21 July 2014 Port Maitland, ON. With the exception of evaporation and a trivial leakage at Chicago, all of the waters of the Great Lakes Basin (Lakes Superior, Michigan, Huron and Erie) eventually flow down the Niagara River where, to the endless amusement of mankind, they careen over Niagara Falls before reaching Lake Ontario, the last of the Great Lakes. The cataract, while very dramatic, was always an impossible impediment to commercial shipping – and it remained so until men dug around it building canals with lift-locks. As ships grew in size, so the early canals became obsolete and were abandoned. Traces of those early canals remain, overlooked, taken for granted and often little more than a wide ditch choked with cattails and water lilies; good bird habitat.
Walking beside the headwaters of one of these old canals, I heard the short, clockwork rattle of a Marsh Wren coming from a small stand of cattails. There were other birds around too: a Belted Kingfisher, an anxious Willow Flycatcher and families of Wood Ducks. Continuing along, I saw and heard several more Marsh Wrens and was really pleased to have found an apparently vigorous population. Marsh Wrens seem to be increasingly scarce; in at least two previously known locations I haven’t seen or heard them for a couple of years; I’m uneasy about the species’ future.
But where Marsh Wrens are to be found, it’s not difficult to find their nests, they’re always bulky bundles of intertwined reeds woven around supporting cattail stems, several feet above water level and often at our eye level. I watched an adult who appeared to be carrying food for young, visit one such nest repeatedly. The longer I watched the more I began to suspect that it was a single parent until, on one of its visits, I noted that it was carrying a large beak-full of fluff of some kind, but certainly not food. That was a surprise! Could it be that I was watching nest-building? In late July?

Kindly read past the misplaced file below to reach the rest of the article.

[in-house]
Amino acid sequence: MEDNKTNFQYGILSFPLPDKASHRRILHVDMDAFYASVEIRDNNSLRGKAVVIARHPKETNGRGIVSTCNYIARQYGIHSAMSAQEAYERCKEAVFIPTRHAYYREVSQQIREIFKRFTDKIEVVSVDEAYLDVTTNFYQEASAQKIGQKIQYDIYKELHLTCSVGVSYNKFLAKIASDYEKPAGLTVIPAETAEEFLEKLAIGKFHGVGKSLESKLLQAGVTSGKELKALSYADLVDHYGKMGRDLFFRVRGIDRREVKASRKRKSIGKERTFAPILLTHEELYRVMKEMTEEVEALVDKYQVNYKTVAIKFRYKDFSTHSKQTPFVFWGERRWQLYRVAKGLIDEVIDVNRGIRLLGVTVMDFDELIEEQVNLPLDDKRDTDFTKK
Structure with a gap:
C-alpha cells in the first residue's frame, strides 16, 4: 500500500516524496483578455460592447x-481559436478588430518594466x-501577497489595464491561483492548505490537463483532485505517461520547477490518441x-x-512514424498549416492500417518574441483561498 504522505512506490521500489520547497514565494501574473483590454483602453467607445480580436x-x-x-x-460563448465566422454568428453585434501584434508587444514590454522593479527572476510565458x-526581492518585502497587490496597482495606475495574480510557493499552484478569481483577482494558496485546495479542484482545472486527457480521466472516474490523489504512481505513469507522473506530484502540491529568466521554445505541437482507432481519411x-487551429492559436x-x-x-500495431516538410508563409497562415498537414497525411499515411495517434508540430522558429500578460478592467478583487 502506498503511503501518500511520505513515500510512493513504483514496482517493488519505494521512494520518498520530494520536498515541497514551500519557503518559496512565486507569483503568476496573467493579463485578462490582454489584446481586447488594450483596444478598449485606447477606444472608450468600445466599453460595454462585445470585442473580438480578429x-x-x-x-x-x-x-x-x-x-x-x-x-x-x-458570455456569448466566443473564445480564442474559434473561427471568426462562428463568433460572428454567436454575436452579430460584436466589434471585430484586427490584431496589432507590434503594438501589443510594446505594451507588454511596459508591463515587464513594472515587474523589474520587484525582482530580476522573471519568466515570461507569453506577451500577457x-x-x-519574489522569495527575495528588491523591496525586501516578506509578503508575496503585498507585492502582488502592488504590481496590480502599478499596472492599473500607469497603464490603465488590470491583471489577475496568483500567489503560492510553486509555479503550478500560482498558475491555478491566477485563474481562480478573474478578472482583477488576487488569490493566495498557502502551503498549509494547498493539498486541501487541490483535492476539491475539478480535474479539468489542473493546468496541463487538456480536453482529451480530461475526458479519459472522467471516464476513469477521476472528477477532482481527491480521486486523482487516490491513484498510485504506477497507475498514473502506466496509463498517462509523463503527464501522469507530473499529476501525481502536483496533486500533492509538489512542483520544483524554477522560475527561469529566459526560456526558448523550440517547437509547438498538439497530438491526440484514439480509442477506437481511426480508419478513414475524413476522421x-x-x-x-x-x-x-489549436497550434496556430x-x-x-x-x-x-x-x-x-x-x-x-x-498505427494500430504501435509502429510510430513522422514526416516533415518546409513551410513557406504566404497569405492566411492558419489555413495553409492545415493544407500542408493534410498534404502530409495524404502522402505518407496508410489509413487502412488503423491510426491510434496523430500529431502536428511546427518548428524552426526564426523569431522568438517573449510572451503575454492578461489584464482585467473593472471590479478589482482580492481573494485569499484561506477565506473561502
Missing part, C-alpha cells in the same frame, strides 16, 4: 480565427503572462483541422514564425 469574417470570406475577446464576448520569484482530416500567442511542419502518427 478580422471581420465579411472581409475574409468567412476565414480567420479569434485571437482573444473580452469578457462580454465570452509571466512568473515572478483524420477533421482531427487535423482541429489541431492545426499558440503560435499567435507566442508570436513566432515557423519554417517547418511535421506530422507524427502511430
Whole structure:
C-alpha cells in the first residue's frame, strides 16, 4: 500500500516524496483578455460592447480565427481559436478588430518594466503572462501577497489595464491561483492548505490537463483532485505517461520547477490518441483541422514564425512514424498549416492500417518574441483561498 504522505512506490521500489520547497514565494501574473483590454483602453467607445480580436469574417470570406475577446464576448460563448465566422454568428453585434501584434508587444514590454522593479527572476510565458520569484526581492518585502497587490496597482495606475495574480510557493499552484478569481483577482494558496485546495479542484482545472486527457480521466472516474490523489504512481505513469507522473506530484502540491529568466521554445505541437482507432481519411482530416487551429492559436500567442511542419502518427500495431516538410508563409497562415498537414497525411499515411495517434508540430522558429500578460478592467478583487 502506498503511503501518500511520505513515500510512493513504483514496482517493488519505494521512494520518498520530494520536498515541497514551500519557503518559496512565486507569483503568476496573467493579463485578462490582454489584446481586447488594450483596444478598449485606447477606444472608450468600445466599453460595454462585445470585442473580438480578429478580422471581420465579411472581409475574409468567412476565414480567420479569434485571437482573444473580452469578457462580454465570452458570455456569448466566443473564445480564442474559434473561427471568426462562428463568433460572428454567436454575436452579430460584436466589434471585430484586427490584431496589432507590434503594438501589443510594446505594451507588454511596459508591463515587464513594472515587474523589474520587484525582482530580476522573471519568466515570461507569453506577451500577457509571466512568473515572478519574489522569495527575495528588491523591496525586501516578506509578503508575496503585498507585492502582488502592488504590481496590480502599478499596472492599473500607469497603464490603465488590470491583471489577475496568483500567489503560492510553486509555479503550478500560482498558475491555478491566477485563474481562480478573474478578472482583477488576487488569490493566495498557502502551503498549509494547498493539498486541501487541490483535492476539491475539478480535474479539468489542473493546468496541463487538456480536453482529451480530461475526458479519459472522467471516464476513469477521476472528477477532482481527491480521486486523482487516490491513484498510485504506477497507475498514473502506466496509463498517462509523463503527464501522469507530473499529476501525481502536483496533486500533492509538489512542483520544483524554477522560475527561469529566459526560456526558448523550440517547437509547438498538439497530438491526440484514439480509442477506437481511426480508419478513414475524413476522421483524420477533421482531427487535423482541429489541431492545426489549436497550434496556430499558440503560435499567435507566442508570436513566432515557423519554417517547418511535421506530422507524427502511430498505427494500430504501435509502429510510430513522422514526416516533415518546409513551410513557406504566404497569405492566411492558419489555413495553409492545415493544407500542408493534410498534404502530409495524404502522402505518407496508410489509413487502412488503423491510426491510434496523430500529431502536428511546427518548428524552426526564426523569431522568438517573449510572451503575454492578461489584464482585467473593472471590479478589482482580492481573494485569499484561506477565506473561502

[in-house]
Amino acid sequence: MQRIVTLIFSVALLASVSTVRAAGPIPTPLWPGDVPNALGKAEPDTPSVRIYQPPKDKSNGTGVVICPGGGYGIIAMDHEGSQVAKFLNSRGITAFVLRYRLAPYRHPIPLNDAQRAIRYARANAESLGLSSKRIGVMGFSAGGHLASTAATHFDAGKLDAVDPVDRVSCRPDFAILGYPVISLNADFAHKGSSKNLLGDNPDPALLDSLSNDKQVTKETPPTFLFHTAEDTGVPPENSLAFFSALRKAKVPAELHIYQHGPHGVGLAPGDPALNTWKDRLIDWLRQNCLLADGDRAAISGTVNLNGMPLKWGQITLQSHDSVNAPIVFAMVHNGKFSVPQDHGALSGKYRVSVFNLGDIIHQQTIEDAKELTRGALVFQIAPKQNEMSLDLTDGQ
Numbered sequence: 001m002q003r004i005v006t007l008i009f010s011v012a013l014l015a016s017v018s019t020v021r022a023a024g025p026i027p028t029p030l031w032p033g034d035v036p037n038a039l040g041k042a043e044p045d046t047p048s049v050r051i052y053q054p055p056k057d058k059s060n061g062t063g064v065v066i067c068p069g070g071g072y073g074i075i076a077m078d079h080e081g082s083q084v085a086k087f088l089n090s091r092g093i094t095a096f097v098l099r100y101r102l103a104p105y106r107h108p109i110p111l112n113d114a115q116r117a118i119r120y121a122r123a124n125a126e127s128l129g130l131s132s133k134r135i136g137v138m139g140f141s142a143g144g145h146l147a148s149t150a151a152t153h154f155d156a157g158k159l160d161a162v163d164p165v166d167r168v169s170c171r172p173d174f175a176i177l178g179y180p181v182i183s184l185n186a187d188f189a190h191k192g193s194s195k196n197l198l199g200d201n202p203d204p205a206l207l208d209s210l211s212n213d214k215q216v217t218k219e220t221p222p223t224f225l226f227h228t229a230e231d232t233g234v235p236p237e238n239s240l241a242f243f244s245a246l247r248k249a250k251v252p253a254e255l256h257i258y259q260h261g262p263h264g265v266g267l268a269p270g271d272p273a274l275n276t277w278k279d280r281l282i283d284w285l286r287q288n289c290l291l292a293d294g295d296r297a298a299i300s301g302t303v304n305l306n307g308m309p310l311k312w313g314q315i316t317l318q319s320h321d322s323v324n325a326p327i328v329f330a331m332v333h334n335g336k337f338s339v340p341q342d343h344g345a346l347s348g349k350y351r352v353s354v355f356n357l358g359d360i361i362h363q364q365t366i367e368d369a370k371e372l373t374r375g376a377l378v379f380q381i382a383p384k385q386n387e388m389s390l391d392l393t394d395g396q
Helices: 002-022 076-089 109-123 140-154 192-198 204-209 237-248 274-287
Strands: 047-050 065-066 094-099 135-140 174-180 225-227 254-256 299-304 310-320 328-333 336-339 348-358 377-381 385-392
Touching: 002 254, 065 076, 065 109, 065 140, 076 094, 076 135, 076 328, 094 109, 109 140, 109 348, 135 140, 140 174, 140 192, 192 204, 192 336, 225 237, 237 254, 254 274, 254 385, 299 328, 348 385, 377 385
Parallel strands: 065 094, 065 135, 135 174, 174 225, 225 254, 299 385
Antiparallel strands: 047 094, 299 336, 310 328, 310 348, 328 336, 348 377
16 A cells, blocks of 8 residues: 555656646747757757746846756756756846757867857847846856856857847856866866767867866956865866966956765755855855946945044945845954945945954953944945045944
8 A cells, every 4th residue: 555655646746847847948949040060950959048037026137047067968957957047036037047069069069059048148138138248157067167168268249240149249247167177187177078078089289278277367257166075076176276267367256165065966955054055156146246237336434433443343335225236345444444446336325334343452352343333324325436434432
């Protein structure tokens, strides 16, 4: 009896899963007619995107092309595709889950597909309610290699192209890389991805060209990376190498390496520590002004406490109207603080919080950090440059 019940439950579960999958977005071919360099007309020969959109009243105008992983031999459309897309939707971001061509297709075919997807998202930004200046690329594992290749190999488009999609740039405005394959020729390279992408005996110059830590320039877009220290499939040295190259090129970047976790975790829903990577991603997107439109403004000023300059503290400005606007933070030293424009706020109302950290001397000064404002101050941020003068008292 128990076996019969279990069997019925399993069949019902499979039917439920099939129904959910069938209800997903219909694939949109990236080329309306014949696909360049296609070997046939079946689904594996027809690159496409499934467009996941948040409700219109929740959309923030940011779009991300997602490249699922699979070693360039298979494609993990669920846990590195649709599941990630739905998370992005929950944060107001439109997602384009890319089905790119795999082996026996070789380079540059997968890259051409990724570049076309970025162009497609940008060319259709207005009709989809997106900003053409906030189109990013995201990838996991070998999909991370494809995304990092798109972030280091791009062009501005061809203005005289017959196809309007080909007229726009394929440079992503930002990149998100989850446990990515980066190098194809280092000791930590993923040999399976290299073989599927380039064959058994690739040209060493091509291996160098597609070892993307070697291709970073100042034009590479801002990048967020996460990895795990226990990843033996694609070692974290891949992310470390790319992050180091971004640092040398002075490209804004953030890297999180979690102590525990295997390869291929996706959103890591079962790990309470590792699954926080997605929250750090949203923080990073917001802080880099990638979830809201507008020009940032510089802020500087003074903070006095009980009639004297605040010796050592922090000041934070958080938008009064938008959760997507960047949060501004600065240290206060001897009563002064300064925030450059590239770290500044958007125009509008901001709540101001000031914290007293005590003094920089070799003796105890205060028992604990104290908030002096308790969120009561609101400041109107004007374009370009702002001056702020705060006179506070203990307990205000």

With some follow-up reading, I learned that Marsh Wrens are known for polygyny, with over half of males attracting more than one female. They also build dummy nests for no apparent reason. (In one study a male was observed building twenty-two of them.) This is not the place for a review of the very large topic of wren behaviour, but I think that what I was watching was a male building a dummy nest. Maybe he thought he’d prove his worthiness as a mate to watching females. It leaves me wondering though if, somewhere nearby, one or more females were watching in exasperation hoping that he’d help out with the kids at home instead of embarking on yet another pointless construction project. I’ll never know, but it was interesting to watch and, on this hot summer day, he was easily my Bird of the Day.